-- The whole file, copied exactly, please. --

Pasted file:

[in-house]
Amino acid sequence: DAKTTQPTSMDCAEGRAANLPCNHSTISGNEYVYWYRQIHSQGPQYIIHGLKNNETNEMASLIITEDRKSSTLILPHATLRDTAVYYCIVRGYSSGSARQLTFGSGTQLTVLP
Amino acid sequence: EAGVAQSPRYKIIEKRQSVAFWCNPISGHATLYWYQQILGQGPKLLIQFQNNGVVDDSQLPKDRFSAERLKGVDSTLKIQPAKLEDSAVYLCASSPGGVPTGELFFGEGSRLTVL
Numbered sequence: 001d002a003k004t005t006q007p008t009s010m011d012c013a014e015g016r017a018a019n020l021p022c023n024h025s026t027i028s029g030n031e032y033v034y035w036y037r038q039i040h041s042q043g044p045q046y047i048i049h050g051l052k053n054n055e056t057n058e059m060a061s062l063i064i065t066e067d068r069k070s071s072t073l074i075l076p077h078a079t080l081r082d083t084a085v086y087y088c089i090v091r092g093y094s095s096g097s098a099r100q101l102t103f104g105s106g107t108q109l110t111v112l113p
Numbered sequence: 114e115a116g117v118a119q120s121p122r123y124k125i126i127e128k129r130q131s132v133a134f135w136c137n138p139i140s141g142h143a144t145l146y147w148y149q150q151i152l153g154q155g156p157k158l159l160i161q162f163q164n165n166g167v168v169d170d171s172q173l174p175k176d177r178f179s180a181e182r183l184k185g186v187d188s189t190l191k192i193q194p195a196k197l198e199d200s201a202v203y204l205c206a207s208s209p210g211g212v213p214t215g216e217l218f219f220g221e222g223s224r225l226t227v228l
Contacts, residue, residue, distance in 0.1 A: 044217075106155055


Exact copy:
[in-house]
Amino acid sequence: DAKTTQPTSMDCAEGRAANLPCNHSTISGNEYVYWYRQIHSQGPQYIIHGLKNNETNEMASLIITEDRKSSTLILPHATLRDTAVYYCIVRGYSSGSARQLTFGSGTQLTVLP
Amino acid sequence: EAGVAQSPRYKIIEKRQSVAFWCNPISGHATLYWYQQILGQGPKLLIQFQNNGVVDDSQLPKDRFSAERLKGVDSTLKIQPAKLEDSAVYLCASSPGGVPTGELFFGEGSRLTVL
Numbered sequence: 001d002a003k004t005t006q007p008t009s010m011d012c013a014e015g016r017a018a019n020l021p022c023n024h025s026t027i028s029g030n031e032y033v034y035w036y037r038q039i040h041s042q043g044p045q046y047i048i049h050g051l052k053n054n055e056t057n058e059m060a061s062l063i064i065t066e067d068r069k070s071s072t073l074i075l076p077h078a079t080l081r082d083t084a085v086y087y088c089i090v091r092g093y094s095s096g097s098a099r100q101l102t103f104g105s106g107t108q109l110t111v112l113p
Numbered sequence: 114e115a116g117v118a119q120s121p122r123y124k125i126i127e128k129r130q131s132v133a134f135w136c137n138p139i140s141g142h143a144t145l146y147w148y149q150q151i152l153g154q155g156p157k158l159l160i161q162f163q164n165n166g167v168v169d170d171s172q173l174p175k176d177r178f179s180a181e182r183l184k185g186v187d188s189t190l191k192i193q194p195a196k197l198e199d200s201a202v203y204l205c206a207s208s209p210g211g212v213p214t215g216e217l218f219f220g221e222g223s224r225l226t227v228l
Contacts, residue, residue, distance in 0.1 A: 044217075106155055